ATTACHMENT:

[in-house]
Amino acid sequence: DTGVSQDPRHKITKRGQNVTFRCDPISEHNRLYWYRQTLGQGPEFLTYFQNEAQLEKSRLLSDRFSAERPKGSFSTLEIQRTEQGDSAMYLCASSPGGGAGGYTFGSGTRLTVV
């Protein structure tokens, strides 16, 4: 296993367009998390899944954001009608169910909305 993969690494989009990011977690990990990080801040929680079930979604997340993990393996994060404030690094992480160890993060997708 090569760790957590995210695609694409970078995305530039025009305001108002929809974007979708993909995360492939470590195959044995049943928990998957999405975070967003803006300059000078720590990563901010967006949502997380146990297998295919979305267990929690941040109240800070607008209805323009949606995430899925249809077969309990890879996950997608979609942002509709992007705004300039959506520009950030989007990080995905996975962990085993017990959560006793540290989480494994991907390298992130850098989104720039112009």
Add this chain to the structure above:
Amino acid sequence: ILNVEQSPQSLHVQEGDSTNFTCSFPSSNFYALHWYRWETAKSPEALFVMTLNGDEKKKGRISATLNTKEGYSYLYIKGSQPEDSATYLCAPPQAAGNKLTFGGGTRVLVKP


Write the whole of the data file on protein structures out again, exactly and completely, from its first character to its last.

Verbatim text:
[in-house]
Amino acid sequence: DTGVSQDPRHKITKRGQNVTFRCDPISEHNRLYWYRQTLGQGPEFLTYFQNEAQLEKSRLLSDRFSAERPKGSFSTLEIQRTEQGDSAMYLCASSPGGGAGGYTFGSGTRLTVV
């Protein structure tokens, strides 16, 4: 296993367009998390899944954001009608169910909305 993969690494989009990011977690990990990080801040929680079930979604997340993990393996994060404030690094992480160890993060997708 090569760790957590995210695609694409970078995305530039025009305001108002929809974007979708993909995360492939470590195959044995049943928990998957999405975070967003803006300059000078720590990563901010967006949502997380146990297998295919979305267990929690941040109240800070607008209805323009949606995430899925249809077969309990890879996950997608979609942002509709992007705004300039959506520009950030989007990080995905996975962990085993017990959560006793540290989480494994991907390298992130850098989104720039112009």
Add this chain to the structure above:
Amino acid sequence: ILNVEQSPQSLHVQEGDSTNFTCSFPSSNFYALHWYRWETAKSPEALFVMTLNGDEKKKGRISATLNTKEGYSYLYIKGSQPEDSATYLCAPPQAAGNKLTFGGGTRVLVKP